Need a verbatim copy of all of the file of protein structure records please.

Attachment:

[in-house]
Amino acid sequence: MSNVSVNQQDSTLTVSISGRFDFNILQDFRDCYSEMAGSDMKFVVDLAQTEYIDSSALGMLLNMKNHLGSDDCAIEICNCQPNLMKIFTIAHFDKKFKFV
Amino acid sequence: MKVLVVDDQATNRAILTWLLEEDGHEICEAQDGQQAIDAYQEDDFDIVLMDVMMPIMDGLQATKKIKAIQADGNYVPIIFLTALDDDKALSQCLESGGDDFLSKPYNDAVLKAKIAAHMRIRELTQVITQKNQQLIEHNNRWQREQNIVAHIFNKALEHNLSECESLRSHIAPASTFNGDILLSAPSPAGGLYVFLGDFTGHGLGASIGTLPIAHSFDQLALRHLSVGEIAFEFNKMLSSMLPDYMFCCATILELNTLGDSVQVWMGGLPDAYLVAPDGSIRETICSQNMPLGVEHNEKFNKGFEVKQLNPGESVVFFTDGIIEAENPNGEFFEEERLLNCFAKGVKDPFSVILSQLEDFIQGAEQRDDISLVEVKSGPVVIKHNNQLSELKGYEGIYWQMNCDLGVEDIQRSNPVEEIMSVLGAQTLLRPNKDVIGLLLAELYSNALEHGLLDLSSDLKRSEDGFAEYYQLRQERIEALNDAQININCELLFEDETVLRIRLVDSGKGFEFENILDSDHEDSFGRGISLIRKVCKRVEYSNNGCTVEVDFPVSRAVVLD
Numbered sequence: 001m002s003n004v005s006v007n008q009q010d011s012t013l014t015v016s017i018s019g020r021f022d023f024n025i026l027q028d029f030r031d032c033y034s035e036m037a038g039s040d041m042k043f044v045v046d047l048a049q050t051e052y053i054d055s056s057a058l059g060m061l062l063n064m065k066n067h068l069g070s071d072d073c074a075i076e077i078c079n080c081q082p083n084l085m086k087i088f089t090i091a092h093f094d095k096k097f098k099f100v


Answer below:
[in-house]
Amino acid sequence: MSNVSVNQQDSTLTVSISGRFDFNILQDFRDCYSEMAGSDMKFVVDLAQTEYIDSSALGMLLNMKNHLGSDDCAIEICNCQPNLMKIFTIAHFDKKFKFV
Amino acid sequence: MKVLVVDDQATNRAILTWLLEEDGHEICEAQDGQQAIDAYQEDDFDIVLMDVMMPIMDGLQATKKIKAIQADGNYVPIIFLTALDDDKALSQCLESGGDDFLSKPYNDAVLKAKIAAHMRIRELTQVITQKNQQLIEHNNRWQREQNIVAHIFNKALEHNLSECESLRSHIAPASTFNGDILLSAPSPAGGLYVFLGDFTGHGLGASIGTLPIAHSFDQLALRHLSVGEIAFEFNKMLSSMLPDYMFCCATILELNTLGDSVQVWMGGLPDAYLVAPDGSIRETICSQNMPLGVEHNEKFNKGFEVKQLNPGESVVFFTDGIIEAENPNGEFFEEERLLNCFAKGVKDPFSVILSQLEDFIQGAEQRDDISLVEVKSGPVVIKHNNQLSELKGYEGIYWQMNCDLGVEDIQRSNPVEEIMSVLGAQTLLRPNKDVIGLLLAELYSNALEHGLLDLSSDLKRSEDGFAEYYQLRQERIEALNDAQININCELLFEDETVLRIRLVDSGKGFEFENILDSDHEDSFGRGISLIRKVCKRVEYSNNGCTVEVDFPVSRAVVLD
Numbered sequence: 001m002s003n004v005s006v007n008q009q010d011s012t013l014t015v016s017i018s019g020r021f022d023f024n025i026l027q028d029f030r031d032c033y034s035e036m037a038g039s040d041m042k043f044v045v046d047l048a049q050t051e052y053i054d055s056s057a058l059g060m061l062l063n064m065k066n067h068l069g070s071d072d073c074a075i076e077i078c079n080c081q082p083n084l085m086k087i088f089t090i091a092h093f094d095k096k097f098k099f100v